A career change can be liberating. However, it can also be expensive once you factor in a potentially lower income and the cost of going back to school. Yet not all career changes have to involve classes. Depending on the career you want, you can gain valuable experience without paying a hefty sum for continuing education, and you might even make a little money while you're at it.
With a little work on the side, you can gain experience and find out how the career you're eyeing stacks up against your current job. Look for part-time jobs with flexible hours, or take on freelance projects to start building up a profile.
Believe it or not, interns aren't just college students. Companies of all kinds accept interns, depending on what you want to do. You might get stuck with grunt work, and it won't pay well (if at all), but a savvy intern who listens and learns will pick up experience that can lead to a much better job. Not all companies will be interested in hiring older interns, but many of them will say in a posting that they are interested in candidates of all ages. If the posting doesn't say, just call and ask before you send off a resume.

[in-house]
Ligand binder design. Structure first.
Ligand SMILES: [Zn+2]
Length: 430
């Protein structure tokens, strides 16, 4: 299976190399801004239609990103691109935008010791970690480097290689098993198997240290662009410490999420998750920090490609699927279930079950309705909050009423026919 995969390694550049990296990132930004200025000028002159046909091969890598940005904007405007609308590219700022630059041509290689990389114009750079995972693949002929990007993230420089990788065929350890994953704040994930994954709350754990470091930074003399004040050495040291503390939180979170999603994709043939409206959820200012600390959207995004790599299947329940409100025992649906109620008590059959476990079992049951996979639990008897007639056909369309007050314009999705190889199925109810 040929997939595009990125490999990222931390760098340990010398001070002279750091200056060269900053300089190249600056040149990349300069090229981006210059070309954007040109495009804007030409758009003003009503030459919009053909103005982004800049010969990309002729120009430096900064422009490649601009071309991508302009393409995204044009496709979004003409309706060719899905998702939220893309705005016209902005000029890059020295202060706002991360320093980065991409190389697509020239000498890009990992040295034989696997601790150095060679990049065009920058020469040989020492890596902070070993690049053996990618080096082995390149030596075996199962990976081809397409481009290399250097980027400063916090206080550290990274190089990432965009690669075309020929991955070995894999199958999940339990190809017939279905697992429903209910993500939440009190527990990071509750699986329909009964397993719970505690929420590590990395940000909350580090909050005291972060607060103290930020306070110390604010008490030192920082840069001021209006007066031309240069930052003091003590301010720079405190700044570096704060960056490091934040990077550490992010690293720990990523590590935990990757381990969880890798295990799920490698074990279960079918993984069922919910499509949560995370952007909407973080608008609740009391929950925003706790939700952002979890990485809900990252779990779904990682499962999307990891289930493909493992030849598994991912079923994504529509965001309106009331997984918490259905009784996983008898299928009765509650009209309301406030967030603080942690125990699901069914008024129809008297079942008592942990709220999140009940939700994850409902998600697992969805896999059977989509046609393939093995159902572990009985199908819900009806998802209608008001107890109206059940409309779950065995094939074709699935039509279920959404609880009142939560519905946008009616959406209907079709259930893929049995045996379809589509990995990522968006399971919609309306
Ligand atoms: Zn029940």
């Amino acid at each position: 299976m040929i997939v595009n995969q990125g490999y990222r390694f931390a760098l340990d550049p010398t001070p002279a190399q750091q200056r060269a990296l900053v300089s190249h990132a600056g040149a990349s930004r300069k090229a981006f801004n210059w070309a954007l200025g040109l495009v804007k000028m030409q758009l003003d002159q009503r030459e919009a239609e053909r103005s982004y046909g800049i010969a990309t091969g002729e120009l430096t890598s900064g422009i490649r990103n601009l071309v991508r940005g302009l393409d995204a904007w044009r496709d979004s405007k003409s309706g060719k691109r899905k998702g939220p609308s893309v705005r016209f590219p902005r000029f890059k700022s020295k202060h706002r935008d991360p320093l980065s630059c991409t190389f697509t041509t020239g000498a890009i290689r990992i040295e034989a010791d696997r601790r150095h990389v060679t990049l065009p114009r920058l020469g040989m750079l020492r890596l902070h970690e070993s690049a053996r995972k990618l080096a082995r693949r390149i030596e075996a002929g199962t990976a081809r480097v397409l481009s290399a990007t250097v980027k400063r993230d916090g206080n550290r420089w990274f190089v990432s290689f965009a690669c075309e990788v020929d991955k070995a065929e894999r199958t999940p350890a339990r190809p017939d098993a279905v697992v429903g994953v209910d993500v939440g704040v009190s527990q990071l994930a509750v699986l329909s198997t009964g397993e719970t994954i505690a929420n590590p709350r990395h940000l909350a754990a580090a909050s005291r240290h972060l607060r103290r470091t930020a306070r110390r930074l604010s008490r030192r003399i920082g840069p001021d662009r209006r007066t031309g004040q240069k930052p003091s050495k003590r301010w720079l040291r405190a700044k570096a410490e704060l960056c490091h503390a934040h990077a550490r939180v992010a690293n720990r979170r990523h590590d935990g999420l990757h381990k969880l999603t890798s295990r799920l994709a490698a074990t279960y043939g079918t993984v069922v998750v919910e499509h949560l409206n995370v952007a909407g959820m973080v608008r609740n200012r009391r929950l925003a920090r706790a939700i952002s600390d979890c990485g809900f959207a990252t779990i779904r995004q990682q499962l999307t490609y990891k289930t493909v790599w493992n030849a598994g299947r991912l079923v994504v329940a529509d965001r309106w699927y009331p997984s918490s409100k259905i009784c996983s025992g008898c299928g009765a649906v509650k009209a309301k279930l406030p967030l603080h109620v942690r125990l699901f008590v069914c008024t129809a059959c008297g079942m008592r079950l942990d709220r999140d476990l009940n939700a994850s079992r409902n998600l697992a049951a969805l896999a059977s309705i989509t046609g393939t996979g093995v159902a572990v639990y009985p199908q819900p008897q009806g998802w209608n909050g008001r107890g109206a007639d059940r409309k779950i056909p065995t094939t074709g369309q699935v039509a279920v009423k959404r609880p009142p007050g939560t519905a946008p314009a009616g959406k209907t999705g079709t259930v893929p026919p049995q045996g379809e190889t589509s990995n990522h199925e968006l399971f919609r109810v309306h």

Many employers want to see a degree on your resume, particularly for specialized fields like nursing, but very little trumps pure experience that is backed up with results and references. Research what employers in your target career are looking for, and then build up the experience and turn yourself into what they want. Contact a local charity, or click here to visit serve.gov to find opportunities in your area. At the site, you can type in keywords for what interests you.
Working With A Mentor
Once you have been moonlighting, interning or volunteering, contact someone you admire within your chosen profession, and ask if they would act as a mentor for you. Not only can a mentor provide valuable advice, but, if she likes your work, she could serve as a reference when you start applying for jobs in your new career field.
Check out our career change guide to learn if a career change is right for you.
When writing a career change resume, it is smart to highlight the skills you already have that will transfer well into your new field. For that reason, you should prepare to give your old resume an overhaul.